FORSYTH COUNTY — High stakes testing in Forsyth County Schools will have a much lower bar for students to scale this year as the impact of a global pandemic continues to disrupt.
Grades on the state’s mandatory End of Course tests traditionally count for 20 percent of a student’s final grade in the course. This year because of the impacts of COVID-19, the state is allowing districts to drop the weight to as low as 0.01 percent.
The Forsyth School Board last week voted to allow EOC scores to count for 10 percent of the final grade only if the EOC score increases the final grade. If the EOC score harms the overall grade, it will count a nearly negligible 0.01 percent of the final grade.
“We want to show compassion and understanding for different situations families are going through,” said Lee Ann Rice, associate superintendent. “We also feel we have to give the tests [because] the federal government requires it, and we want it to be worth our time and meaningful to students.”
EOC tests are given each spring in four high school subjects, algebra 1, biology, American literature and American history, as part of the state’s Milestones Assessments. An annual state assessment is required by the federal government to provide a measure of student achievement.
Rice said the decision to raise the weight above the state’s stance balanced the needs of parents and students.
She noted Forsyth Schools is in a unique position compared to most of the state’s 180 school systems. It was among the handful of districts opening classrooms in August and has had students learning in person almost continuously since then.
“We want to use the [EOC] data as we go into the next school year to show where students are academically and allow teachers to adjust their curriculum see where the gaps are,” Rice said.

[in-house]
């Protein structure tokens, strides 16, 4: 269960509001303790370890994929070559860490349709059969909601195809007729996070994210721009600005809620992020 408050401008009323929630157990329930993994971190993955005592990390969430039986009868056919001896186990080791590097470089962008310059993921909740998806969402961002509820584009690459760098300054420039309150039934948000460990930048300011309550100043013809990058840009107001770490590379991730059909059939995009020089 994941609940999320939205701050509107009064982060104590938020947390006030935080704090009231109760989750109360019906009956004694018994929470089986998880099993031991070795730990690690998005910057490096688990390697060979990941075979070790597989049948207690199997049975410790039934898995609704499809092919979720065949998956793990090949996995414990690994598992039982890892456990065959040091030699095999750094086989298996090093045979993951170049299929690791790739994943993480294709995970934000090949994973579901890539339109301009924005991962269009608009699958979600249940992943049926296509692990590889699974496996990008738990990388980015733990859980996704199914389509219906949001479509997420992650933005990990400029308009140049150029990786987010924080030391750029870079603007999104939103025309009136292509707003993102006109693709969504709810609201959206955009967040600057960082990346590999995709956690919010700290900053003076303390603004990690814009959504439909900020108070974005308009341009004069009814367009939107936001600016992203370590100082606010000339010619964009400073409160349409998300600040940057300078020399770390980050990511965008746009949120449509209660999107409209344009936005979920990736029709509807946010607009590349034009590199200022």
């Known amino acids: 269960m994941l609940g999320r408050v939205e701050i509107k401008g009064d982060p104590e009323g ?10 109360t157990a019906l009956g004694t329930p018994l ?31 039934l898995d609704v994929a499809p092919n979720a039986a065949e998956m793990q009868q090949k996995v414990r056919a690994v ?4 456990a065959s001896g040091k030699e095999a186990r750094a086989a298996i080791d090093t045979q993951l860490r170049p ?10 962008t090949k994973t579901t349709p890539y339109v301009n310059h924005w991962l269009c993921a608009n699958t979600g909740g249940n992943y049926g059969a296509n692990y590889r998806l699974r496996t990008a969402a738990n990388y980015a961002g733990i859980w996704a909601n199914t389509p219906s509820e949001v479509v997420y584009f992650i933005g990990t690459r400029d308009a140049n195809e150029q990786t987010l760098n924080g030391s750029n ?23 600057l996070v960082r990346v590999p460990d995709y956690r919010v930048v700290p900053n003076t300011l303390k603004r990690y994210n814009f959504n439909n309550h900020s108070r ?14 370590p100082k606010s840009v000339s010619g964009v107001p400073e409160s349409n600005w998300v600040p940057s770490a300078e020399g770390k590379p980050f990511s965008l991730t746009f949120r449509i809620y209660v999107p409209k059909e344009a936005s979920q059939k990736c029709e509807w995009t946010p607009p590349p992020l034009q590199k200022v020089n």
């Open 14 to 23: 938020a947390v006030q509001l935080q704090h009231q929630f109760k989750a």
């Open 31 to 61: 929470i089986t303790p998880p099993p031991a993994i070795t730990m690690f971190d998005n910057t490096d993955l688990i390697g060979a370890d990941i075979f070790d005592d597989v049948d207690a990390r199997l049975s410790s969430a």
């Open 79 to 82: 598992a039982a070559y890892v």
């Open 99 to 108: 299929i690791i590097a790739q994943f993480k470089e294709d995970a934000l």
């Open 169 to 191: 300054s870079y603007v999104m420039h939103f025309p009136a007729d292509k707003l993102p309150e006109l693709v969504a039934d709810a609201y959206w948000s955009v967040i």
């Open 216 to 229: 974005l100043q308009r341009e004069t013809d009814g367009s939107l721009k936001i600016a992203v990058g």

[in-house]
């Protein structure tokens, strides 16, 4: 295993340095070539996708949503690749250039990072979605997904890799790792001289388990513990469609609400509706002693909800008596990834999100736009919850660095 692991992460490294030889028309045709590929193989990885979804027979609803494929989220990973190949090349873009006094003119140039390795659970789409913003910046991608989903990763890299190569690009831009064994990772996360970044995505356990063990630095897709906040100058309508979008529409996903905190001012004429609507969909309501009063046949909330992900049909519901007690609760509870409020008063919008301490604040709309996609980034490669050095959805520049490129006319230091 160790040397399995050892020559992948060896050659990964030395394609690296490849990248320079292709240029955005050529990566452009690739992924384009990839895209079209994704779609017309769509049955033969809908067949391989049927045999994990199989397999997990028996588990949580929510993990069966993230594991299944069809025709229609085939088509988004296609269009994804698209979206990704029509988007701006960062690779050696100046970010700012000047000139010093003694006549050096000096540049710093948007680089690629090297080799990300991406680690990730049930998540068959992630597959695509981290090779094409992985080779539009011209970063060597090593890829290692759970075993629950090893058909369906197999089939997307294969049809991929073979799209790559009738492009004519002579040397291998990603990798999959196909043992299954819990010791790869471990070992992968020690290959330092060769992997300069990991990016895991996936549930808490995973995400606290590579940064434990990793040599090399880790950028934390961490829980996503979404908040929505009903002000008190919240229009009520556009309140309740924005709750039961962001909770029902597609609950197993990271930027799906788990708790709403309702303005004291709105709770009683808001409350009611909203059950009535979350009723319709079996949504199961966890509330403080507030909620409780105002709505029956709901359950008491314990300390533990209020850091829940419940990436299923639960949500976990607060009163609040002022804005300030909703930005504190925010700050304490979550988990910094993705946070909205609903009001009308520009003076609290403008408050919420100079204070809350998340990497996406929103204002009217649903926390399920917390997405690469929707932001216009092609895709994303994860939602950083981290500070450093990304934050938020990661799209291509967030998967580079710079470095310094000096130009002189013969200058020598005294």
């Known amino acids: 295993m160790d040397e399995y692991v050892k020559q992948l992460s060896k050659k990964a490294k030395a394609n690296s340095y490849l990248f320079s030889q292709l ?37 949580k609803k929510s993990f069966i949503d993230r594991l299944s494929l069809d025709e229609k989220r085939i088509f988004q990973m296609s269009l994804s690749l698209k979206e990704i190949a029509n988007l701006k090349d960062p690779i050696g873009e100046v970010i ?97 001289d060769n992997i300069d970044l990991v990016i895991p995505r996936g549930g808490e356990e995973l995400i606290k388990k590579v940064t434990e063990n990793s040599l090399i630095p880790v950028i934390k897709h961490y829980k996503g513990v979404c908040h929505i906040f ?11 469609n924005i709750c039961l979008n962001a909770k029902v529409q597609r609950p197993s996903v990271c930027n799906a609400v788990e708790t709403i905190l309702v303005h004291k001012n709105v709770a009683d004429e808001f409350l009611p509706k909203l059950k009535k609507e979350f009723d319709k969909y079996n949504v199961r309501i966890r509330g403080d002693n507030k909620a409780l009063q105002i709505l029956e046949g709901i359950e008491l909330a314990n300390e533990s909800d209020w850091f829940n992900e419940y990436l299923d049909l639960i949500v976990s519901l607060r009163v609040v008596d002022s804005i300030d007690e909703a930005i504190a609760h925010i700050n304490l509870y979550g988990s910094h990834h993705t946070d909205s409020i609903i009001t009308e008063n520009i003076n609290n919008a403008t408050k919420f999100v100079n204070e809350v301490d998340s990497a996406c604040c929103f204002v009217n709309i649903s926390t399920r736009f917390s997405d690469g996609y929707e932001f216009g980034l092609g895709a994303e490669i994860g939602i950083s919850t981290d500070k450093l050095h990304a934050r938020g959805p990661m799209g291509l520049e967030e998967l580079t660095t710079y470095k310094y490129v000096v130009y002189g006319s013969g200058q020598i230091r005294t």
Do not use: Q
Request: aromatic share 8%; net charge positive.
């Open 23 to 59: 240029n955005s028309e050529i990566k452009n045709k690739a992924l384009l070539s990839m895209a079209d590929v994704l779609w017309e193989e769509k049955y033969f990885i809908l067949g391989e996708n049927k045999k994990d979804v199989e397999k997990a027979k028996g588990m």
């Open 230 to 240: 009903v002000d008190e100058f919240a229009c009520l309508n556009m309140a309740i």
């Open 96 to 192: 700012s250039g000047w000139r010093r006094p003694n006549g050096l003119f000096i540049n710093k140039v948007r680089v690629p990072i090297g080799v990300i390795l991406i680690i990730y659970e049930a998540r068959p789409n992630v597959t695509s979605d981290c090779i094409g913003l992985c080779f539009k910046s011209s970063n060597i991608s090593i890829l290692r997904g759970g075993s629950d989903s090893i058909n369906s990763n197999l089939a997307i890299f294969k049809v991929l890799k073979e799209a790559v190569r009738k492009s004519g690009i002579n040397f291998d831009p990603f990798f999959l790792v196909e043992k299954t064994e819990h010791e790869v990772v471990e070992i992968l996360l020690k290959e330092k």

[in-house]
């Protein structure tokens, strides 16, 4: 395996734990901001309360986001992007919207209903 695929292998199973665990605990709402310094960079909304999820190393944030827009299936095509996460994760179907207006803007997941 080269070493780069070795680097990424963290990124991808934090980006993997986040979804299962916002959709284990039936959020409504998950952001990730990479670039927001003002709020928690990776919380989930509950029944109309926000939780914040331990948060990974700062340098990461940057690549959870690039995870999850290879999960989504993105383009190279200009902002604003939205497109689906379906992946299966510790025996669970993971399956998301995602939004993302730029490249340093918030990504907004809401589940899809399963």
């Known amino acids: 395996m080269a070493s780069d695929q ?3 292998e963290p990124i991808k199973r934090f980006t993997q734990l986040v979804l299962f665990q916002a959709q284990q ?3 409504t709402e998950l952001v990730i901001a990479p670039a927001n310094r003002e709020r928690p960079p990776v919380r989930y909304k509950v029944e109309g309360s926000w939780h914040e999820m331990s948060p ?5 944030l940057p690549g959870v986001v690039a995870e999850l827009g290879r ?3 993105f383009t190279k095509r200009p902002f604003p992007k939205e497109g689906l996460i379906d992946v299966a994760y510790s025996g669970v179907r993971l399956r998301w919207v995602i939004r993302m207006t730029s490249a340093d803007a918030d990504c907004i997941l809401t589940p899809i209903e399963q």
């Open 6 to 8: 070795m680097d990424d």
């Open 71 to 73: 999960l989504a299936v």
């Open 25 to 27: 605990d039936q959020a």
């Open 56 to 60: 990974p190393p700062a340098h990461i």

She said Forsyth students have also scored higher on the EOCs than their statewide peers, with many students using those scores to improve their grades.
On the other hand, Rice recognizes the pressure high stake testing causes, and recommended the “hold harmless” provision for those who may not do well on the EOCs.
“Some families feel very strongly the [EOC grade] should not count because their student is anxious and worried about all the things going on in their life,” Rice said.
The testing window for the EOCs is May 3-7 and students will take the tests in school because a remote version is not available. The days will be online learning days for students not taking the test.
Last spring Georgia received a waiver for the 2020 EOC as the pandemic shutdown occurred during the testing season. This year a second waiver was rejected by the federal government. However, the Georgia Department of Education has submitted it again under the new administration.
If the waiver is approved, Rice said it will be up to the state to determine the EOC testing – if any. But until then, she noted, the district will assume the tests will be given.
“We have to rely on the state whether they are administering the tests or not [if the waiver is received].” Rice said. “I would assume not…but that’s a state level decision.”